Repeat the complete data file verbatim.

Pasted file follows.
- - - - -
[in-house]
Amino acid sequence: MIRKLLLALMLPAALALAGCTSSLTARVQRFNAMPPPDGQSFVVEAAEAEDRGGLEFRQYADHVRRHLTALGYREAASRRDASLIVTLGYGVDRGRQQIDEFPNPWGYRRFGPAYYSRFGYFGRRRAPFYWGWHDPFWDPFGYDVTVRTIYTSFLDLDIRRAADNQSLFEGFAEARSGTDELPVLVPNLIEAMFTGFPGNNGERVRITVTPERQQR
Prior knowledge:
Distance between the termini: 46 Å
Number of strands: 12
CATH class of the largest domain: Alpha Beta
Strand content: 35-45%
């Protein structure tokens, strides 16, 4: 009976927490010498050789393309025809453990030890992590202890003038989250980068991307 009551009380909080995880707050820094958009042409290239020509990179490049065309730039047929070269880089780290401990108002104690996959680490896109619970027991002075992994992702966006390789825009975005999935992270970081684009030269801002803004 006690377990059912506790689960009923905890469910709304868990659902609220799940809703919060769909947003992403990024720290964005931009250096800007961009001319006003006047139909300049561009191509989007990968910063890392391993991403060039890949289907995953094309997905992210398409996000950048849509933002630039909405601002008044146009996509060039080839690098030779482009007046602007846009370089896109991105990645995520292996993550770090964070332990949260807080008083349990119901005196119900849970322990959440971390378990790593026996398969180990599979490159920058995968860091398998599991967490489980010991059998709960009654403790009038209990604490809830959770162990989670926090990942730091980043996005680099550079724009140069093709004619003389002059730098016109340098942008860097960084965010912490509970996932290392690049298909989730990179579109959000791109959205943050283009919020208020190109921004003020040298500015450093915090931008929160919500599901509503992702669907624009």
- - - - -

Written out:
[in-house]
Amino acid sequence: MIRKLLLALMLPAALALAGCTSSLTARVQRFNAMPPPDGQSFVVEAAEAEDRGGLEFRQYADHVRRHLTALGYREAASRRDASLIVTLGYGVDRGRQQIDEFPNPWGYRRFGPAYYSRFGYFGRRRAPFYWGWHDPFWDPFGYDVTVRTIYTSFLDLDIRRAADNQSLFEGFAEARSGTDELPVLVPNLIEAMFTGFPGNNGERVRITVTPERQQR
Prior knowledge:
Distance between the termini: 46 Å
Number of strands: 12
CATH class of the largest domain: Alpha Beta
Strand content: 35-45%
């Protein structure tokens, strides 16, 4: 009976927490010498050789393309025809453990030890992590202890003038989250980068991307 009551009380909080995880707050820094958009042409290239020509990179490049065309730039047929070269880089780290401990108002104690996959680490896109619970027991002075992994992702966006390789825009975005999935992270970081684009030269801002803004 006690377990059912506790689960009923905890469910709304868990659902609220799940809703919060769909947003992403990024720290964005931009250096800007961009001319006003006047139909300049561009191509989007990968910063890392391993991403060039890949289907995953094309997905992210398409996000950048849509933002630039909405601002008044146009996509060039080839690098030779482009007046602007846009370089896109991105990645995520292996993550770090964070332990949260807080008083349990119901005196119900849970322990959440971390378990790593026996398969180990599979490159920058995968860091398998599991967490489980010991059998709960009654403790009038209990604490809830959770162990989670926090990942730091980043996005680099550079724009140069093709004619003389002059730098016109340098942008860097960084965010912490509970996932290392690049298909989730990179579109959000791109959205943050283009919020208020190109921004003020040298500015450093915090931008929160919500599901509503992702669907624009």